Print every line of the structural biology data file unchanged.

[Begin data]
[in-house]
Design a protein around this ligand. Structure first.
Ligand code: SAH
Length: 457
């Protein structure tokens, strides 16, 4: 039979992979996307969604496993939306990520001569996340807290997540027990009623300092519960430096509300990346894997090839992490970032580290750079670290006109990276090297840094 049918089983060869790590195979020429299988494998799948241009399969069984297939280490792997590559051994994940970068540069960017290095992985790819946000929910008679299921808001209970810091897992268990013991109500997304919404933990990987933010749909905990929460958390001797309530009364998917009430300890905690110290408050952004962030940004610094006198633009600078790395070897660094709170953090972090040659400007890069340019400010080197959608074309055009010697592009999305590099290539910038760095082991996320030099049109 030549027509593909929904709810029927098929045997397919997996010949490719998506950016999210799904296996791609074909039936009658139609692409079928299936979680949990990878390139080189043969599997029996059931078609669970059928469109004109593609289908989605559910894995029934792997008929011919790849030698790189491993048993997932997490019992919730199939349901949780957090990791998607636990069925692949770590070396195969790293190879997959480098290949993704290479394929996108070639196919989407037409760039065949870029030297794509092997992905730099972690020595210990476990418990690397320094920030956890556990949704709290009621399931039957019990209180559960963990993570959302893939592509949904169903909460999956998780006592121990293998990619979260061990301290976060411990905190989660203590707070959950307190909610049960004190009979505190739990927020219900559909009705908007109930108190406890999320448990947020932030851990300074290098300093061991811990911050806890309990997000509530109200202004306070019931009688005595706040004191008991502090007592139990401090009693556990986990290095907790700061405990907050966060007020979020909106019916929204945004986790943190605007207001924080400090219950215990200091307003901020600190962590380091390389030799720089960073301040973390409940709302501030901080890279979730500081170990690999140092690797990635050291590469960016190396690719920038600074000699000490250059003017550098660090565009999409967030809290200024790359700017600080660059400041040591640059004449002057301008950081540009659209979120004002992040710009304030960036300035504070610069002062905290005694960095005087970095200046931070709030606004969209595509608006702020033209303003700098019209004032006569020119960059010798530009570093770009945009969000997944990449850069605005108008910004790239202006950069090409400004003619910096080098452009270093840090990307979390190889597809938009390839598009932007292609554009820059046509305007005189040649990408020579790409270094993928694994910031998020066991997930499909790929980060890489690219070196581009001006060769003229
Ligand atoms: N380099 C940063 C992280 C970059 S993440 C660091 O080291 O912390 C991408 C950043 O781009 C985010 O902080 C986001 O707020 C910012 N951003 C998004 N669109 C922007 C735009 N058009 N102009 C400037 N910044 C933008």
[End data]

[in-house]
Design a protein around this ligand. Structure first.
Ligand code: SAH
Length: 457
């Protein structure tokens, strides 16, 4: 039979992979996307969604496993939306990520001569996340807290997540027990009623300092519960430096509300990346894997090839992490970032580290750079670290006109990276090297840094 049918089983060869790590195979020429299988494998799948241009399969069984297939280490792997590559051994994940970068540069960017290095992985790819946000929910008679299921808001209970810091897992268990013991109500997304919404933990990987933010749909905990929460958390001797309530009364998917009430300890905690110290408050952004962030940004610094006198633009600078790395070897660094709170953090972090040659400007890069340019400010080197959608074309055009010697592009999305590099290539910038760095082991996320030099049109 030549027509593909929904709810029927098929045997397919997996010949490719998506950016999210799904296996791609074909039936009658139609692409079928299936979680949990990878390139080189043969599997029996059931078609669970059928469109004109593609289908989605559910894995029934792997008929011919790849030698790189491993048993997932997490019992919730199939349901949780957090990791998607636990069925692949770590070396195969790293190879997959480098290949993704290479394929996108070639196919989407037409760039065949870029030297794509092997992905730099972690020595210990476990418990690397320094920030956890556990949704709290009621399931039957019990209180559960963990993570959302893939592509949904169903909460999956998780006592121990293998990619979260061990301290976060411990905190989660203590707070959950307190909610049960004190009979505190739990927020219900559909009705908007109930108190406890999320448990947020932030851990300074290098300093061991811990911050806890309990997000509530109200202004306070019931009688005595706040004191008991502090007592139990401090009693556990986990290095907790700061405990907050966060007020979020909106019916929204945004986790943190605007207001924080400090219950215990200091307003901020600190962590380091390389030799720089960073301040973390409940709302501030901080890279979730500081170990690999140092690797990635050291590469960016190396690719920038600074000699000490250059003017550098660090565009999409967030809290200024790359700017600080660059400041040591640059004449002057301008950081540009659209979120004002992040710009304030960036300035504070610069002062905290005694960095005087970095200046931070709030606004969209595509608006702020033209303003700098019209004032006569020119960059010798530009570093770009945009969000997944990449850069605005108008910004790239202006950069090409400004003619910096080098452009270093840090990307979390190889597809938009390839598009932007292609554009820059046509305007005189040649990408020579790409270094993928694994910031998020066991997930499909790929980060890489690219070196581009001006060769003229
Ligand atoms: N380099 C940063 C992280 C970059 S993440 C660091 O080291 O912390 C991408 C950043 O781009 C985010 O902080 C986001 O707020 C910012 N951003 C998004 N669109 C922007 C735009 N058009 N102009 C400037 N910044 C933008």